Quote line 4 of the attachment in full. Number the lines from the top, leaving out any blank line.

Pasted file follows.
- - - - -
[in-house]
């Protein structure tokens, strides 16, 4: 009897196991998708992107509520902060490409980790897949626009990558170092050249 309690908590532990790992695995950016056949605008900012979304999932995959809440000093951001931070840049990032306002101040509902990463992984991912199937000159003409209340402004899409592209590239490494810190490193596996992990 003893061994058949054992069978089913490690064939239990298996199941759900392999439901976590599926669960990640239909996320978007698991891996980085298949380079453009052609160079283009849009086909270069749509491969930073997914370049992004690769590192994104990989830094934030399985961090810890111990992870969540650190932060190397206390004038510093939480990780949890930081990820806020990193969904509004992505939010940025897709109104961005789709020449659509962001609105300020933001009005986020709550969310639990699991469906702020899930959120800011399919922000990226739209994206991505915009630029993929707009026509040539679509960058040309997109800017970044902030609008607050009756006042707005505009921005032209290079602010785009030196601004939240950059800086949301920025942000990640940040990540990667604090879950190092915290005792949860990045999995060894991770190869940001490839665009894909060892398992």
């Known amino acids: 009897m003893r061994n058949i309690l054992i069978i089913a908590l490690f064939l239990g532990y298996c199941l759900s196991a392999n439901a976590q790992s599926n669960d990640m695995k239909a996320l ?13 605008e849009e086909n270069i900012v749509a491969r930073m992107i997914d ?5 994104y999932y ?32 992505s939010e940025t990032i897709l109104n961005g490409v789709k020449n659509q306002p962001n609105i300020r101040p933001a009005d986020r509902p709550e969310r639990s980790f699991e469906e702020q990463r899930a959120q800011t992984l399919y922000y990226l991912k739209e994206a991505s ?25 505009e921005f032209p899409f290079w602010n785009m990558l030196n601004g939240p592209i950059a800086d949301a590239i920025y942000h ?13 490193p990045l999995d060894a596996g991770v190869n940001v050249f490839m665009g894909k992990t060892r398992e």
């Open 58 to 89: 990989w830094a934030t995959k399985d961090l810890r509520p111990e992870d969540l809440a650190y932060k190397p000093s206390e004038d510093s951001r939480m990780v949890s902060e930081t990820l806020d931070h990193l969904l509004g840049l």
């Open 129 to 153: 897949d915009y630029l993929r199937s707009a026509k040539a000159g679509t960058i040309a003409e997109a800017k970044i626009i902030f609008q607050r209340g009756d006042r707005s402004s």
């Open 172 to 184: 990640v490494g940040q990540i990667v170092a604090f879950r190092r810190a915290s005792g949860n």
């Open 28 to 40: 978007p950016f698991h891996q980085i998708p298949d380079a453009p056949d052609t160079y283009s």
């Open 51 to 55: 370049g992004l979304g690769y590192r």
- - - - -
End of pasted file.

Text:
């Open 58 to 89: 990989w830094a934030t995959k399985d961090l810890r509520p111990e992870d969540l809440a650190y932060k190397p000093s206390e004038d510093s951001r939480m990780v949890s902060e930081t990820l806020d931070h990193l969904l509004g840049l």